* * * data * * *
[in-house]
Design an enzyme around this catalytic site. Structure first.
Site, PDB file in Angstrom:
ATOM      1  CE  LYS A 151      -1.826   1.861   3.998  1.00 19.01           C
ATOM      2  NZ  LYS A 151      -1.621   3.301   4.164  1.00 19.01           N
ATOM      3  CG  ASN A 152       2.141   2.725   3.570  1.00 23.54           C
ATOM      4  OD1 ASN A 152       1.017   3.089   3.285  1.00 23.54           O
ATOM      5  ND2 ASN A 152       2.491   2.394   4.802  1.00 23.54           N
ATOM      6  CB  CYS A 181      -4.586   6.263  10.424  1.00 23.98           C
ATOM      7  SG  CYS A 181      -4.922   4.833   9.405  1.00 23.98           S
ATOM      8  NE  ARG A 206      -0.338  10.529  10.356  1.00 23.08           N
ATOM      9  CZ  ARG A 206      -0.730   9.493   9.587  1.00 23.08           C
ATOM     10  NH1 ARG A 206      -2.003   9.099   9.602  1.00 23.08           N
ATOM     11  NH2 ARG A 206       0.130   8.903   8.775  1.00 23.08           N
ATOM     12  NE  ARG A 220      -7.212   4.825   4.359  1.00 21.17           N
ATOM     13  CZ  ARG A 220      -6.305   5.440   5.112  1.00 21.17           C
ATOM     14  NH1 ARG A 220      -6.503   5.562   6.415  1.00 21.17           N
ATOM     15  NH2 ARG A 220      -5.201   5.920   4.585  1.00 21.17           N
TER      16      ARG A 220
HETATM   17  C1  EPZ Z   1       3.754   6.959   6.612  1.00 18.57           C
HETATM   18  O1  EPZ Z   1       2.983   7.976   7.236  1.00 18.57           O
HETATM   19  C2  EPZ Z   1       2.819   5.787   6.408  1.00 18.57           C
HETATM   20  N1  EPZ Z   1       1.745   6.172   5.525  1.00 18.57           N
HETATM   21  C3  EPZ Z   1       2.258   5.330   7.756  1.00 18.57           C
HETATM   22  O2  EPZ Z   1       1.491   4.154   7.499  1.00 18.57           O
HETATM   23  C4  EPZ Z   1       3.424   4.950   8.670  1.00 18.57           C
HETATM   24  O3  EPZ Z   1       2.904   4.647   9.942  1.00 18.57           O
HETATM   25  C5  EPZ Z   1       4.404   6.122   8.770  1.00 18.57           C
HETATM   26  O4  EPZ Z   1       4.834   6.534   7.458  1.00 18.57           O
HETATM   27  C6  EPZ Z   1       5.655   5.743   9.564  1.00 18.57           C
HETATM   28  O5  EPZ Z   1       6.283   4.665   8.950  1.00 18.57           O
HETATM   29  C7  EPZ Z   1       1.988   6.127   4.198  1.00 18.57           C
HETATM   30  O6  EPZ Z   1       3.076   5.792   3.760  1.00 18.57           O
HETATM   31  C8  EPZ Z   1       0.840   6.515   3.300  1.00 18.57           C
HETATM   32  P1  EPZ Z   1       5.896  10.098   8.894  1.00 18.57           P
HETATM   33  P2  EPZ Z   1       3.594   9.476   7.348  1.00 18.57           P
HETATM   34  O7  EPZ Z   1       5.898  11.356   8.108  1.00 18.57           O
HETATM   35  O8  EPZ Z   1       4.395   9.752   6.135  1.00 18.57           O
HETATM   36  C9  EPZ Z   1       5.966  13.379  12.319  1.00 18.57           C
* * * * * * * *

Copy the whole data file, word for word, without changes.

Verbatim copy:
[in-house]
Design an enzyme around this catalytic site. Structure first.
Site, PDB file in Angstrom:
ATOM      1  CE  LYS A 151      -1.826   1.861   3.998  1.00 19.01           C
ATOM      2  NZ  LYS A 151      -1.621   3.301   4.164  1.00 19.01           N
ATOM      3  CG  ASN A 152       2.141   2.725   3.570  1.00 23.54           C
ATOM      4  OD1 ASN A 152       1.017   3.089   3.285  1.00 23.54           O
ATOM      5  ND2 ASN A 152       2.491   2.394   4.802  1.00 23.54           N
ATOM      6  CB  CYS A 181      -4.586   6.263  10.424  1.00 23.98           C
ATOM      7  SG  CYS A 181      -4.922   4.833   9.405  1.00 23.98           S
ATOM      8  NE  ARG A 206      -0.338  10.529  10.356  1.00 23.08           N
ATOM      9  CZ  ARG A 206      -0.730   9.493   9.587  1.00 23.08           C
ATOM     10  NH1 ARG A 206      -2.003   9.099   9.602  1.00 23.08           N
ATOM     11  NH2 ARG A 206       0.130   8.903   8.775  1.00 23.08           N
ATOM     12  NE  ARG A 220      -7.212   4.825   4.359  1.00 21.17           N
ATOM     13  CZ  ARG A 220      -6.305   5.440   5.112  1.00 21.17           C
ATOM     14  NH1 ARG A 220      -6.503   5.562   6.415  1.00 21.17           N
ATOM     15  NH2 ARG A 220      -5.201   5.920   4.585  1.00 21.17           N
TER      16      ARG A 220
HETATM   17  C1  EPZ Z   1       3.754   6.959   6.612  1.00 18.57           C
HETATM   18  O1  EPZ Z   1       2.983   7.976   7.236  1.00 18.57           O
HETATM   19  C2  EPZ Z   1       2.819   5.787   6.408  1.00 18.57           C
HETATM   20  N1  EPZ Z   1       1.745   6.172   5.525  1.00 18.57           N
HETATM   21  C3  EPZ Z   1       2.258   5.330   7.756  1.00 18.57           C
HETATM   22  O2  EPZ Z   1       1.491   4.154   7.499  1.00 18.57           O
HETATM   23  C4  EPZ Z   1       3.424   4.950   8.670  1.00 18.57           C
HETATM   24  O3  EPZ Z   1       2.904   4.647   9.942  1.00 18.57           O
HETATM   25  C5  EPZ Z   1       4.404   6.122   8.770  1.00 18.57           C
HETATM   26  O4  EPZ Z   1       4.834   6.534   7.458  1.00 18.57           O
HETATM   27  C6  EPZ Z   1       5.655   5.743   9.564  1.00 18.57           C
HETATM   28  O5  EPZ Z   1       6.283   4.665   8.950  1.00 18.57           O
HETATM   29  C7  EPZ Z   1       1.988   6.127   4.198  1.00 18.57           C
HETATM   30  O6  EPZ Z   1       3.076   5.792   3.760  1.00 18.57           O
HETATM   31  C8  EPZ Z   1       0.840   6.515   3.300  1.00 18.57           C
HETATM   32  P1  EPZ Z   1       5.896  10.098   8.894  1.00 18.57           P
HETATM   33  P2  EPZ Z   1       3.594   9.476   7.348  1.00 18.57           P
HETATM   34  O7  EPZ Z   1       5.898  11.356   8.108  1.00 18.57           O
HETATM   35  O8  EPZ Z   1       4.395   9.752   6.135  1.00 18.57           O
HETATM   36  C9  EPZ Z   1       5.966  13.379  12.319  1.00 18.57           C